Edited By Adam Isaac
Philip Morris International Inc. (PM) is one of the largest cigarette producers in the world. The company produces seven of the world's top 15 international brands, including Marlboro, the number one cigarette brand worldwide. PM's products are sold in approximately 180 countries. In 2011, the company held an estimated 16.0% share of the total international cigarette market outside of the U.S., or 28.1% excluding the People's Republic of China and the U.S. In terms of market share, PM is the number one company in 13 markets and number two in a further ten of the 30 largest markets by the cigarette industry size. Some of the other brands in the Philip Morris portfolio are L&M, Bond Street, Parliament and Chesterfield.
Philip Morris has a rich history of steady cash dividends. Since its separation from Altria (MO), the company has paid substantial dividends. PM currently offers a trailing dividend yield of 3.77% and annualized dividend of $3.40 per share. However, it recently announced an increase of 10.4% in its quarterly dividend, which brings its quarterly dividends to $0.85 per share. Thanks to the boosted dividend, the forward yield stands at 3.88%.
The company has shown a steady trend of dividend increases and the quarterly dividend has almost doubled from the levels of the second quarter 2008, when the company paid a quarterly dividend of $0.46 per share. For any dividend paying company, it is extremely important to generate a healthy stream of cash flows.
For the purpose of measuring the dividend stability of Philip Morris, I look at the earnings, debt and cash flows of the company.
Philip Morris revenues have increased by more than 38% in the previous five years. This represents an exceptional growth in revenues for a company operating in a mature and stable industry. Moreover, the firm has been able to generate an impressive operating margin of between 16% and 17.6% in the previous five years. An increasing trend in revenues and operating margin is backed by an incredible increase in the EPS from the levels of 2007.
Philip Morris' earnings per share have experienced a massive increase of 69.5% in the previous five years. Though, the firm reported a drop in sales in its most recent earnings report, it still managed to beat analyst estimates. In the second quarter earnings report, the firm reported net income of $2.32 billion or $1.36 per share. However, revenue fell by 1.8% from the previous year figures of $8.12 billion. Overall, the cigarette volume fell due to the legal issues within the European Union.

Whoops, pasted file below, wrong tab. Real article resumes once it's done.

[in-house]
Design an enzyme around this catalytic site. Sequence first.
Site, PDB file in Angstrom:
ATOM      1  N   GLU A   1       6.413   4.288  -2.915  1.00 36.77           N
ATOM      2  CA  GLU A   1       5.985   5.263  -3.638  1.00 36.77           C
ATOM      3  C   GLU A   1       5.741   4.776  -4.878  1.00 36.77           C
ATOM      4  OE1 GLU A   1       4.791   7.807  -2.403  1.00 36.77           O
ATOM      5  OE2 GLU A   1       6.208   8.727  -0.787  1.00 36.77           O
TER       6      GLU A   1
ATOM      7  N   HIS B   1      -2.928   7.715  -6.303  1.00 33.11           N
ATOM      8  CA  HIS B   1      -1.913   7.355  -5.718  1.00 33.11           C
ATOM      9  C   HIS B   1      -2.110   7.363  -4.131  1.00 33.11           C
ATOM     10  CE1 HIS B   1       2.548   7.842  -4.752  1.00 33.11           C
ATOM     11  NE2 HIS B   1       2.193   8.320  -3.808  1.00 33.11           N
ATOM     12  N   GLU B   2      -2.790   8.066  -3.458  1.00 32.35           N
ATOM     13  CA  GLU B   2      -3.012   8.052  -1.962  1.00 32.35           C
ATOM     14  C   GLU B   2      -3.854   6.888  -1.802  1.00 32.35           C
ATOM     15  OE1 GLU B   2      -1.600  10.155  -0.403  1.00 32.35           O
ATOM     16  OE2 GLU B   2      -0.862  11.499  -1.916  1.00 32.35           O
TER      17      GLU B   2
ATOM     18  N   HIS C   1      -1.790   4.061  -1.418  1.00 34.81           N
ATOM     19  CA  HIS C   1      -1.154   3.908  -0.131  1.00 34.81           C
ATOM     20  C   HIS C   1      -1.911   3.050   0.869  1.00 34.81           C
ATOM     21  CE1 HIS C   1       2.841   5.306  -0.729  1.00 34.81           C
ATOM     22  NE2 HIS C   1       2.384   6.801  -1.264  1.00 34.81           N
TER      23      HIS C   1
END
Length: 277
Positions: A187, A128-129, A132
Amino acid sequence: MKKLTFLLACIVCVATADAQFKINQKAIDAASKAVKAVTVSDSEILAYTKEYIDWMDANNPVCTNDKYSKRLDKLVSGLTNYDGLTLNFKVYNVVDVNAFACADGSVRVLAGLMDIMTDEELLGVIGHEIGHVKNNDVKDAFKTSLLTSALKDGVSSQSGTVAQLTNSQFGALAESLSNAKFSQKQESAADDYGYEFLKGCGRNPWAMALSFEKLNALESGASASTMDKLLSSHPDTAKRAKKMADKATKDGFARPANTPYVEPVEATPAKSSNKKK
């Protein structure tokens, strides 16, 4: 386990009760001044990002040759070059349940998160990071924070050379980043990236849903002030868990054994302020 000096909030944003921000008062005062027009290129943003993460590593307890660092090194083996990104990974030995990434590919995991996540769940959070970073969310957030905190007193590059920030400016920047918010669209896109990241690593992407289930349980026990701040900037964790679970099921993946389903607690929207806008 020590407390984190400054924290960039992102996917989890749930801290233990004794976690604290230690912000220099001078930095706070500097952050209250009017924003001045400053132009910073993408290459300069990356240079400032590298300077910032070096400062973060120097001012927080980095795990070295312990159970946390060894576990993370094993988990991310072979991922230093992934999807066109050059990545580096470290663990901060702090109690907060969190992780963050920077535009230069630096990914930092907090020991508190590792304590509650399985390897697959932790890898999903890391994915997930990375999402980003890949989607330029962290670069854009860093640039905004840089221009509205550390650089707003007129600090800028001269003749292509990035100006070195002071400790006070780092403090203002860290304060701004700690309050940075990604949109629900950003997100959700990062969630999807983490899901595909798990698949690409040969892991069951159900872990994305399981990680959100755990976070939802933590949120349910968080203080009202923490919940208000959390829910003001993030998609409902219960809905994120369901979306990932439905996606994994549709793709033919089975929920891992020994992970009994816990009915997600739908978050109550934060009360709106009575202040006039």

PM cash flows are incredibly strong and have been showing an increasing trend. The firm had operating cash flows of $10.5 billion at the end of the previous year, which is significantly higher from the 2009 levels of $7.88 billion. As I mentioned above, the firm is growing its revenue at an impressive rate; it is even more impressive that the company is able to convert most of the revenue generation into cash flows.
Over the past three years, the firm has had capital expenditures between $714 million and $897 million. Furthermore, impressive trend in the operating cash flows trickles down to the free cash flows and the firm generated free cash flows of $9.6 billion in the previous year. In the previous five years, free cash flows for Philip Morris have increased by 56.11%. There are few companies that can match these cash flow trends.
At the moment, Philip Morris' debt stands at $15.7 billion; there was an increase of more than $1.5 billion in its long-term debt. At the end of year 2011, PM had $11.26 billion in U.S. dollar notes, which ranged from 2.5% to 6.875% and averaged a rate of 4.982%. As a result of international operations, the consolidated balance sheet also shows Euro notes of $3.5 billion, with an average rate of 5.1%. The rate on Euro notes ranges from 4.25% to 5.875%.
Philip Morris also has Swiss franc notes yielding between 1% and 4%; these notes are worth $1.7 billion and on average yield 2.8%. In the year 2011, the firm issued five U.S. dollar notes for a total sum of $3.1 billion yielding between 2.5% to 4.375%. There were two Swiss franc notes offering for approximately $697 million and yielded 1% and 2%. It is apparent that the firm has been taking on more debt in the previous three years; however, growth in revenue and earnings is a lot higher than the growth in debt. Moreover, a strong upward trend in cash flows indicates that the firm should not have any trouble paying off its debt and interest obligations.
Philip Morris is a strong brand and the firm is achieving phenomenal growth. My analysis shows that the firm will be able to pay its dividends with ease in the near future; in fact, there is a strong possibility that the firm will increase its dividends in the future. Over the past four years, the firm has been rewarding shareholders, and the increasing cash flows have been pushing dividends up. I expect the upward trend in revenues and cash flows to continue; as a result, the firm will likely increase its dividends in the future.